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Wednesday, September 12, 2007

 

The Landlord Won't Give A Receipt ...

Can a landlord and/or building manager legally refuse to provide a receipt for payment of rent?

It seems like something an apartment renter should be entitled to by law. And, indeed, it is a law (specifically California Civ. Code § 1499), which says:
"A debtor has a right to require from his creditor a written receipt for any property delivered in performance of his obligation."

Although some may assume that payment of rent by check will suffice, since a canceled check can function as a receipt, there are many conceivable situations in which a canceled check may not be enough. Whatever the reason, whether for financial purposes, or simply as a consumer protection, renters in California have a legal right to be provided a receipt upon presentation of payment.

NOLO explains it to landlords this way:
Many states require landlords to give tenants a receipt for the rent. This protects tenants who pay in cash, who would have no other way to prove that they did indeed pay the rent if they are challenged by the landlord. Although most tenants now pay by check or credit card, landlords in these states must still issue receipts if asked. And if the check bounces, the fact that you gave the tenant a receipt for that rubber check will not hinder you in your attempts to get the tenant to pay.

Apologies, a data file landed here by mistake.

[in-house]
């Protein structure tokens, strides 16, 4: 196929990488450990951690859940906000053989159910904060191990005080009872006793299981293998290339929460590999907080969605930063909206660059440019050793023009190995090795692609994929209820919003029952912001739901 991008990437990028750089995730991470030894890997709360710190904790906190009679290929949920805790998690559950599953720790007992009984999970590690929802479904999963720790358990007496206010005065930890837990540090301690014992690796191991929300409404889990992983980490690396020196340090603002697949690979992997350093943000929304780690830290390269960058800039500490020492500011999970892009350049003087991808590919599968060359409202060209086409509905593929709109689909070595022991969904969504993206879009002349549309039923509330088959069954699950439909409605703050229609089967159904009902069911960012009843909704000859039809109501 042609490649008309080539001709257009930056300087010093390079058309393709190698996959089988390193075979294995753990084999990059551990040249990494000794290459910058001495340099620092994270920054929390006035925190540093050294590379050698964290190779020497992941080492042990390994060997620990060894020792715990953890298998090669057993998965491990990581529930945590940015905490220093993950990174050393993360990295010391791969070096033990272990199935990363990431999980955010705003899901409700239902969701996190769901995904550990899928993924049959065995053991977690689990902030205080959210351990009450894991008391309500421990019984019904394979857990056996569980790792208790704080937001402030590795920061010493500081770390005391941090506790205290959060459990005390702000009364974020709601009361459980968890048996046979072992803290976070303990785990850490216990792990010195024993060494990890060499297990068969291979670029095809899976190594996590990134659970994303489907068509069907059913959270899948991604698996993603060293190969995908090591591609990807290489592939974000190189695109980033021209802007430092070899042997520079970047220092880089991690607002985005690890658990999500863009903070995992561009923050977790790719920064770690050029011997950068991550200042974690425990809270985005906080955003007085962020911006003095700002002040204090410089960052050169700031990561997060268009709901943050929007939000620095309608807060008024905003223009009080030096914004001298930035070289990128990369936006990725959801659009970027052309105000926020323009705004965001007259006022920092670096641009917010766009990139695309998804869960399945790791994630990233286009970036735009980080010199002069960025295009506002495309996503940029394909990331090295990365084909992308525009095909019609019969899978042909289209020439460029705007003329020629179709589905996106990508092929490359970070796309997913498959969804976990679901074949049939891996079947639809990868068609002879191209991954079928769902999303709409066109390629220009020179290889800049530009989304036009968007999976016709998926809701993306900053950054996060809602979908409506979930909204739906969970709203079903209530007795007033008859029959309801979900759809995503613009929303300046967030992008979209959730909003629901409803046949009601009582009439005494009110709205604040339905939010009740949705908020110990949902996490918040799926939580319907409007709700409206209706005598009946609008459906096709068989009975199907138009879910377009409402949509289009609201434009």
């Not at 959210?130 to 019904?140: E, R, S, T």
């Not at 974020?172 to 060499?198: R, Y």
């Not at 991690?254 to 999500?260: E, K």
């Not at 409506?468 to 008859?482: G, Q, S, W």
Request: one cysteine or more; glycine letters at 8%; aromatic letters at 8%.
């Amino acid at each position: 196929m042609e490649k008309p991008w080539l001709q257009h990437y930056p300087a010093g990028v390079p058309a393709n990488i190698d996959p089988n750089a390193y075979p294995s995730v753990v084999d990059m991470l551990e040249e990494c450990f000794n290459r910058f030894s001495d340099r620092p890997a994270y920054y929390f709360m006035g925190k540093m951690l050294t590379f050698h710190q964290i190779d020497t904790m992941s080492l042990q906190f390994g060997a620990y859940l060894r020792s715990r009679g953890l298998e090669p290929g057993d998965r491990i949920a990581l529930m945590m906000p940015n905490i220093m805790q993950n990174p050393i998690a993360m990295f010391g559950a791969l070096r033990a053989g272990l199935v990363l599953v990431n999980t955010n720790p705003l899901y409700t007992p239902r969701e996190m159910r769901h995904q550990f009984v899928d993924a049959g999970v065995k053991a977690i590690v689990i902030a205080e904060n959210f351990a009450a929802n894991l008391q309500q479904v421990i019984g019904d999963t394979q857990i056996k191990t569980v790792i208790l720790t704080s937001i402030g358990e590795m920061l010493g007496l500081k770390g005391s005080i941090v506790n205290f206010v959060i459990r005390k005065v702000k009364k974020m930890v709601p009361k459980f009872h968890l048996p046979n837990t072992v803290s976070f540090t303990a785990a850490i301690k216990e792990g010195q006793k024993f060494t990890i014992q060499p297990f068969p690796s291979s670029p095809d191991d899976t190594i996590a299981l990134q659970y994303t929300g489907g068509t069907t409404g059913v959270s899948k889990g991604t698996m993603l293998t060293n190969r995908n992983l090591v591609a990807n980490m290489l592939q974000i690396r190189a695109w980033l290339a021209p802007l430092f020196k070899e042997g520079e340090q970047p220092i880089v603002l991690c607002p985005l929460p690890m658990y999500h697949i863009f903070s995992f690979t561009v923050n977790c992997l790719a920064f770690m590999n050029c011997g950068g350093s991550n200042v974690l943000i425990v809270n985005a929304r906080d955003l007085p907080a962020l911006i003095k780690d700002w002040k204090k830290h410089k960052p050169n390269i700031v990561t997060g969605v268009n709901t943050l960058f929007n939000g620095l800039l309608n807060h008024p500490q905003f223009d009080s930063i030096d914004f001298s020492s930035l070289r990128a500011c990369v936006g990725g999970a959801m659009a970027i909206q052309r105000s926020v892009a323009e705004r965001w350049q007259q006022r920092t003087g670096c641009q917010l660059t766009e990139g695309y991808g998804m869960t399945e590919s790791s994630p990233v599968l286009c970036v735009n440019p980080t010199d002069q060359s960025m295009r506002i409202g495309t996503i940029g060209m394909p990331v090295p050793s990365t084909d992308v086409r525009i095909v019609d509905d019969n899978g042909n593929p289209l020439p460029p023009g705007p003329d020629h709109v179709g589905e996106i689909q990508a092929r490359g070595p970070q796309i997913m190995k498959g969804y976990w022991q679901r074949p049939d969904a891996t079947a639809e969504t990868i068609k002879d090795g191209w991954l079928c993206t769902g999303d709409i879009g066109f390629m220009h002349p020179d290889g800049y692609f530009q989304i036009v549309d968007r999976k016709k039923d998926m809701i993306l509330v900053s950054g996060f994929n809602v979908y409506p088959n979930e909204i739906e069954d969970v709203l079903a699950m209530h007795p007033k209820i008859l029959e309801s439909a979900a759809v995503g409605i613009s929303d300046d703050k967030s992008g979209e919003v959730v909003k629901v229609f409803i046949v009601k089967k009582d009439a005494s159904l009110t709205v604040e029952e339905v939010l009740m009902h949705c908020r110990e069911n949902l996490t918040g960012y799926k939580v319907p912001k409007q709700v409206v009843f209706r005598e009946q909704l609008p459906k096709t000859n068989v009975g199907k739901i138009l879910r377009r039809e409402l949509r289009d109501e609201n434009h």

Many states give tenants a "renters' tax credit," which they can take when they file their income taxes, and tenants who pay in cash will need that receipt to back up their deduction.

It would also seem a particularly prudent practice for renters in Los Angeles whose units are protected by the Rent Stabilization Ordinance (RSO), especially if it ever becomes necessary for a tenant to prove that payments were made promptly.

Although the vast majority of property owners and renters are honest and responsible folks, sometimes people get taken advantage of on both sides of the transaction. It's one reason why paper documents like leases, for example, replaced the spit handshakes of the Wild West.

The soaring cost of rent in Los Angeles has already proved temptation enough to inspire at least one "ruse to evict low-rent-paying tenants." The Los Angeles City Council closed one particular loophole earlier this year, but the need for watchfulness remains just as surely as the old adage "get it in writing" still holds true.

Besides, this shouldn't be a big deal.

Receipts are simple slips of paper provided routinely for the purchase of $1 packets of chewing gum. Shouldn't the same standard be applied for the average rent payment of $1,607 a month (average rent as of 2Q 2007)? It's not a composition. It's initials (or a signature), a dollar amount and a date.

However, if the landlord still refuses to provide a receipt, Los Angeles County renters can file a complaint at the county's Department of Consumer Affairs. Just click on the Complaint Form link.

(By the way, the DCA responds to such consumer-related questions via e-mail. Follow this link to their Ask Us A Question page.)

— TJ Sullivan in LA
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